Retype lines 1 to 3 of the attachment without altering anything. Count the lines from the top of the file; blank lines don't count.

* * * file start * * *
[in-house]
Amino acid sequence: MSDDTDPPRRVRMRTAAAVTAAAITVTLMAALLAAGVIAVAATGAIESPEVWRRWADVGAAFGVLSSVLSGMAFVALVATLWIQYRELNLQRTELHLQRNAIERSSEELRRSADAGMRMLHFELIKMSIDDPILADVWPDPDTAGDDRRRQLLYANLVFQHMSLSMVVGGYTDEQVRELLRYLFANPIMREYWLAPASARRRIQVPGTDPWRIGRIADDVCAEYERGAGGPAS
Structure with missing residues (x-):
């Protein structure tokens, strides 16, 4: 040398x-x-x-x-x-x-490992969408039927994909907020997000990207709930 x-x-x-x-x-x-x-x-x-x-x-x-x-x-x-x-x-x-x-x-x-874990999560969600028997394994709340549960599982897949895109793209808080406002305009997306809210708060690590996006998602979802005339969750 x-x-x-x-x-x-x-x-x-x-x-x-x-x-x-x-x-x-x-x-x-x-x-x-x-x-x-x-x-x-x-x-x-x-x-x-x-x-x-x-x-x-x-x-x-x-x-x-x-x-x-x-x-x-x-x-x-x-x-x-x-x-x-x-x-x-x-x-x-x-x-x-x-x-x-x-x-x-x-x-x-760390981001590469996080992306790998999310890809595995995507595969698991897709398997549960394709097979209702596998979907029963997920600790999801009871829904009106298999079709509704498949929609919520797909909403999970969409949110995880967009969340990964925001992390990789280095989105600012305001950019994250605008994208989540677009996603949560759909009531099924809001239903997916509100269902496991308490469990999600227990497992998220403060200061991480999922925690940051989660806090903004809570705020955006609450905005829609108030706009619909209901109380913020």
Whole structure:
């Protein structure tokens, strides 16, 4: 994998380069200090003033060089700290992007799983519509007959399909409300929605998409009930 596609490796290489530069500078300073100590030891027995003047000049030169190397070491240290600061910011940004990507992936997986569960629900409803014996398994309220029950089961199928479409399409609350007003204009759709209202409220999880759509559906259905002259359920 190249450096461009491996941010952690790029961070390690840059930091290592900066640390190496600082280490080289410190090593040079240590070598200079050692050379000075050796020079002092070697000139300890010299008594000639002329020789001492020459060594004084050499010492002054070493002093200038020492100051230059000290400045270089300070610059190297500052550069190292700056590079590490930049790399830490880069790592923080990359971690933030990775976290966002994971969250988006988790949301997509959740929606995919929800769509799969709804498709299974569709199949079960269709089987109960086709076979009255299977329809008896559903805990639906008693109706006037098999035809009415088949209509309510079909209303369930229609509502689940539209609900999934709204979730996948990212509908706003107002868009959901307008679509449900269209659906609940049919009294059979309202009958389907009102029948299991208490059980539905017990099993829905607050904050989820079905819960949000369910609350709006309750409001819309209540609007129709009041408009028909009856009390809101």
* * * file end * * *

[in-house]
Amino acid sequence: MSDDTDPPRRVRMRTAAAVTAAAITVTLMAALLAAGVIAVAATGAIESPEVWRRWADVGAAFGVLSSVLSGMAFVALVATLWIQYRELNLQRTELHLQRNAIERSSEELRRSADAGMRMLHFELIKMSIDDPILADVWPDPDTAGDDRRRQLLYANLVFQHMSLSMVVGGYTDEQVRELLRYLFANPIMREYWLAPASARRRIQVPGTDPWRIGRIADDVCAEYERGAGGPAS
Structure with missing residues (x-):